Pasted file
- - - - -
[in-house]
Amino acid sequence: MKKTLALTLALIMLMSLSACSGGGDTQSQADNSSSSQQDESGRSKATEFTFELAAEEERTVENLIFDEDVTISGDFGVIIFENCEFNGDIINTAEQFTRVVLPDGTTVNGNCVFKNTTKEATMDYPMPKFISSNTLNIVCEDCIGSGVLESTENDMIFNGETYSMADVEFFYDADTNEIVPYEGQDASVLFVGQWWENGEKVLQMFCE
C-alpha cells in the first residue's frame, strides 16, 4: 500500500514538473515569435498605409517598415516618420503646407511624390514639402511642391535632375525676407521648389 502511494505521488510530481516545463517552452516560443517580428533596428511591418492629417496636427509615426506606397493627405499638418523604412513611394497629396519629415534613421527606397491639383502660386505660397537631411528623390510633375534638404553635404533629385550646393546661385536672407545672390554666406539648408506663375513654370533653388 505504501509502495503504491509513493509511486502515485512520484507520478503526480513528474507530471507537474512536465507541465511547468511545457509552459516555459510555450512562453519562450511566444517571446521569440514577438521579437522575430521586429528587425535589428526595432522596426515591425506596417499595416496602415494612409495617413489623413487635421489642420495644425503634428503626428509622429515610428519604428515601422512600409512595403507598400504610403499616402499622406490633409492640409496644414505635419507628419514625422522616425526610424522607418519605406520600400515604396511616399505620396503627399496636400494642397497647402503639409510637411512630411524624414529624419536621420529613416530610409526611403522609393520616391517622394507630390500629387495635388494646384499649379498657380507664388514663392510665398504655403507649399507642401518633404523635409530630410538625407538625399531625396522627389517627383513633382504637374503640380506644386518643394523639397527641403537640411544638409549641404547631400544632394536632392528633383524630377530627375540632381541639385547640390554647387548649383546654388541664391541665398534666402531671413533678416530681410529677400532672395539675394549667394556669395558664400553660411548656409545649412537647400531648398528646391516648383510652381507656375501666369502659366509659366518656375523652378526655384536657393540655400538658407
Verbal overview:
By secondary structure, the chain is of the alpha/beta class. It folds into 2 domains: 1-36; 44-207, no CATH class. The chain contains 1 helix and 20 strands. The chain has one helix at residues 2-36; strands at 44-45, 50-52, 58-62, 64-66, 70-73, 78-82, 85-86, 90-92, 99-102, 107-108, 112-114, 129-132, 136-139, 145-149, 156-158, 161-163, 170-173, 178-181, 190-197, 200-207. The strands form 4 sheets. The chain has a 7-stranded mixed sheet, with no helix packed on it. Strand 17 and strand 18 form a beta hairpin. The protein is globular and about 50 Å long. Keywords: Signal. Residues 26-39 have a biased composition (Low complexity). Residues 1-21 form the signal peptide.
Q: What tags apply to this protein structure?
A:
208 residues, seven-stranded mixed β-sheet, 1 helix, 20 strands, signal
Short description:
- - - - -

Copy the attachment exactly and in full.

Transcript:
[in-house]
Amino acid sequence: MKKTLALTLALIMLMSLSACSGGGDTQSQADNSSSSQQDESGRSKATEFTFELAAEEERTVENLIFDEDVTISGDFGVIIFENCEFNGDIINTAEQFTRVVLPDGTTVNGNCVFKNTTKEATMDYPMPKFISSNTLNIVCEDCIGSGVLESTENDMIFNGETYSMADVEFFYDADTNEIVPYEGQDASVLFVGQWWENGEKVLQMFCE
C-alpha cells in the first residue's frame, strides 16, 4: 500500500514538473515569435498605409517598415516618420503646407511624390514639402511642391535632375525676407521648389 502511494505521488510530481516545463517552452516560443517580428533596428511591418492629417496636427509615426506606397493627405499638418523604412513611394497629396519629415534613421527606397491639383502660386505660397537631411528623390510633375534638404553635404533629385550646393546661385536672407545672390554666406539648408506663375513654370533653388 505504501509502495503504491509513493509511486502515485512520484507520478503526480513528474507530471507537474512536465507541465511547468511545457509552459516555459510555450512562453519562450511566444517571446521569440514577438521579437522575430521586429528587425535589428526595432522596426515591425506596417499595416496602415494612409495617413489623413487635421489642420495644425503634428503626428509622429515610428519604428515601422512600409512595403507598400504610403499616402499622406490633409492640409496644414505635419507628419514625422522616425526610424522607418519605406520600400515604396511616399505620396503627399496636400494642397497647402503639409510637411512630411524624414529624419536621420529613416530610409526611403522609393520616391517622394507630390500629387495635388494646384499649379498657380507664388514663392510665398504655403507649399507642401518633404523635409530630410538625407538625399531625396522627389517627383513633382504637374503640380506644386518643394523639397527641403537640411544638409549641404547631400544632394536632392528633383524630377530627375540632381541639385547640390554647387548649383546654388541664391541665398534666402531671413533678416530681410529677400532672395539675394549667394556669395558664400553660411548656409545649412537647400531648398528646391516648383510652381507656375501666369502659366509659366518656375523652378526655384536657393540655400538658407
Verbal overview:
By secondary structure, the chain is of the alpha/beta class. It folds into 2 domains: 1-36; 44-207, no CATH class. The chain contains 1 helix and 20 strands. The chain has one helix at residues 2-36; strands at 44-45, 50-52, 58-62, 64-66, 70-73, 78-82, 85-86, 90-92, 99-102, 107-108, 112-114, 129-132, 136-139, 145-149, 156-158, 161-163, 170-173, 178-181, 190-197, 200-207. The strands form 4 sheets. The chain has a 7-stranded mixed sheet, with no helix packed on it. Strand 17 and strand 18 form a beta hairpin. The protein is globular and about 50 Å long. Keywords: Signal. Residues 26-39 have a biased composition (Low complexity). Residues 1-21 form the signal peptide.
Q: What tags apply to this protein structure?
A:
208 residues, seven-stranded mixed β-sheet, 1 helix, 20 strands, signal
Short description: